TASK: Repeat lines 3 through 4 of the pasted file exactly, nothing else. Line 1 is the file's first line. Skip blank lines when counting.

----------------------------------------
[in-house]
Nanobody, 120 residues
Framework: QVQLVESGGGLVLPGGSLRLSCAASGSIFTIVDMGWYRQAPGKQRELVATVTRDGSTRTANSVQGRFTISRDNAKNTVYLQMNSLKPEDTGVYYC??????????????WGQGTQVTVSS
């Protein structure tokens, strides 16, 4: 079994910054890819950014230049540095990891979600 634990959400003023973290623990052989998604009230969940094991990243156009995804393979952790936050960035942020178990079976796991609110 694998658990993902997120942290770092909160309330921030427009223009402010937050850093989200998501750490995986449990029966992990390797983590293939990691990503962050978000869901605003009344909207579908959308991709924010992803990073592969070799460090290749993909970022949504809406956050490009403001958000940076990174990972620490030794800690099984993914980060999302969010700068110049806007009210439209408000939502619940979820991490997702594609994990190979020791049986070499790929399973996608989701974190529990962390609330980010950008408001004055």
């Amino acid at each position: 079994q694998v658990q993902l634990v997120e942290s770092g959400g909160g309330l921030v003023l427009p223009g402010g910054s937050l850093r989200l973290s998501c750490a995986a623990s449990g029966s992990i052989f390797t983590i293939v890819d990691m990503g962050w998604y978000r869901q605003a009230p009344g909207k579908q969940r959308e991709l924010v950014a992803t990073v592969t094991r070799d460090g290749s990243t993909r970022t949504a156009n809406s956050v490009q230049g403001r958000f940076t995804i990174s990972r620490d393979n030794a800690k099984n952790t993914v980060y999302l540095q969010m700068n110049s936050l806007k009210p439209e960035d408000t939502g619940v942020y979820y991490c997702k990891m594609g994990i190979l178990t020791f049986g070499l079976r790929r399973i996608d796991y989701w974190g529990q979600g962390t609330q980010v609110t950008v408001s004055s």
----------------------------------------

Framework: QVQLVESGGGLVLPGGSLRLSCAASGSIFTIVDMGWYRQAPGKQRELVATVTRDGSTRTANSVQGRFTISRDNAKNTVYLQMNSLKPEDTGVYYC??????????????WGQGTQVTVSS
């Protein structure tokens, strides 16, 4: 079994910054890819950014230049540095990891979600 634990959400003023973290623990052989998604009230969940094991990243156009995804393979952790936050960035942020178990079976796991609110 694998658990993902997120942290770092909160309330921030427009223009402010937050850093989200998501750490995986449990029966992990390797983590293939990691990503962050978000869901605003009344909207579908959308991709924010992803990073592969070799460090290749993909970022949504809406956050490009403001958000940076990174990972620490030794800690099984993914980060999302969010700068110049806007009210439209408000939502619940979820991490997702594609994990190979020791049986070499790929399973996608989701974190529990962390609330980010950008408001004055």